The Daily Blog | 16-10
  • The last 48 hours – Poverty denial, war denial and unapologetic abuse of ...
    The bewildering speed of events that simply end in Key shrugging and proclaiming he doesn’t really give a shit is coming think and fast as the Government suddenly appreciate the full spectrum dominance they now enjoy. Here is Radio NZ...
    The Daily Blog | 16-10
  • GUEST BLOG: Pat O’Dea – Mana 2.0 Rebooted
    Internationally the news is that Evo Morales of Bolivia won big with Left Wing policies But what are the chances that the Left will make a resurgence in this country? As the internecine struggles between the Left and the Right...
    The Daily Blog | 15-10
  • The Blomfield IPCA letter – Has Dirty Politics leaked into the NZ Police ...
    It’s difficult to know what to make of the IPCA letter to Matthew Blomfield over Slater’s continued insistence that the hard drive taken from Matthew wasn’t stolen.  Slater has selectively cherry picked the Police referring back to his claim that Blomfeild perjured...
    The Daily Blog | 15-10
  • ​Media release: Rail and Maritime Transport Union – Auckland move for K...
    The Rail and Maritime Transport Union is questioning a KiwiRail proposal to progressively relocate its Zero Harm personnel from Wellington to Auckland. “The purpose of the Zero Harm team is to drive KiwiRail’s performance in health and safety.  Rail is a...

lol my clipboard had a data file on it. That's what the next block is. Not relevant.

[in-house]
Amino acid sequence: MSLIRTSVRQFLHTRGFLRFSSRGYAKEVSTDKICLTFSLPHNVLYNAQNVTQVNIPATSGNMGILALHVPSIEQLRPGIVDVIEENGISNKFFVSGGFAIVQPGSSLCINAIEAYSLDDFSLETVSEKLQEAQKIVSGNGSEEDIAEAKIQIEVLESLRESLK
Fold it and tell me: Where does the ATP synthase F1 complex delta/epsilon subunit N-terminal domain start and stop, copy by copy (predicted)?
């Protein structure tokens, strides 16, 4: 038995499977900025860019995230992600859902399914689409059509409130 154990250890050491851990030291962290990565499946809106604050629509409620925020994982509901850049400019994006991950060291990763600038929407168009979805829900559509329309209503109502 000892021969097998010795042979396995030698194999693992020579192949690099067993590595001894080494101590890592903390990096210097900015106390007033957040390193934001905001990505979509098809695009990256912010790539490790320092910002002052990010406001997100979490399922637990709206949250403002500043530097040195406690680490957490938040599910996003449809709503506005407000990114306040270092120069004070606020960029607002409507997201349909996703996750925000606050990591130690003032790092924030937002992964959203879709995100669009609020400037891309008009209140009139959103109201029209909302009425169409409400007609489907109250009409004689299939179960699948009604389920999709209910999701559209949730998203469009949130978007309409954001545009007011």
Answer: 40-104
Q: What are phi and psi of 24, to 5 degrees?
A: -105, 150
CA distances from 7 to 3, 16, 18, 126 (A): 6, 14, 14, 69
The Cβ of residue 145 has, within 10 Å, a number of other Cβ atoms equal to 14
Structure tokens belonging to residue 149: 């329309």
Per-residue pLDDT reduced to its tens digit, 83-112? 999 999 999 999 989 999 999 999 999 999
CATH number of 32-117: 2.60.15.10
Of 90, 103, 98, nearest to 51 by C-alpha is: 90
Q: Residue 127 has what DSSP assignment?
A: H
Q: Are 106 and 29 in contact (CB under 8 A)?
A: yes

The Daily Blog | 15-10
  • Amnesty International – Friend request from an IS militant
    There’s always that one person, that one Facebook friend, usually a musician or event promoter, who, when you so foolishly accept their friend request, will completely inundate your news feed with copious event invitations and promotions. The person who, despite...
    The Daily Blog | 15-10
  • NZ should follow the UK and recognize the Palestinian state
    Over the past two weeks, the United Kingdom and Sweden have made headlines through their decisions to recognize the state of Palestine. They are hardly the first nations to do so. Indeed, 134 countries have, in various ways, given formal...
    The Daily Blog | 15-10
  • The Discordant Chimes of Freedom: Why Labour has yet to be forgiven.
    WHY DOES THE ELECTORATE routinely punish Labour and the Greens for their alleged “political correctness” but not National? It just doesn’t seem fair. Consider, for example, the Crimes (Substituted Section 59) Amendment Act 2007 – the so-called “anti-smacking legislation” –...
    The Daily Blog | 15-10
  • Hosking or Henry – Which right wing crypto fascist clown do you want to w...
    So Mediaworks are finally going to make some actual money from their eye watering contract with Paul Henry by launching a new multi-platform Breakfast show over TV, Radio and internet. This is great news for Campbell Live who have dodged...
    The Daily Blog | 14-10
  • Families need more money to reduce child poverty
    Prime Minister John Key is mistaken to rule out extending the In Work Tax Credit to all poor children (The Nation 11th Oct) and Child Poverty Action Group challenges government advisors to come up with a more cost effective way...
    The Daily Blog | 14-10
  • GUEST BLOG: Kelly Ellis – Don’t shit on my dream
    Once were dreamers. A large man, walks down the road and, even from 200 yards there’s light showing between his big arms and bigger body. It’s as if he’s put tennis balls under his arms. Two parking wardens walk out...
    The Daily Blog | 14-10
  • Labour and ‘special interests’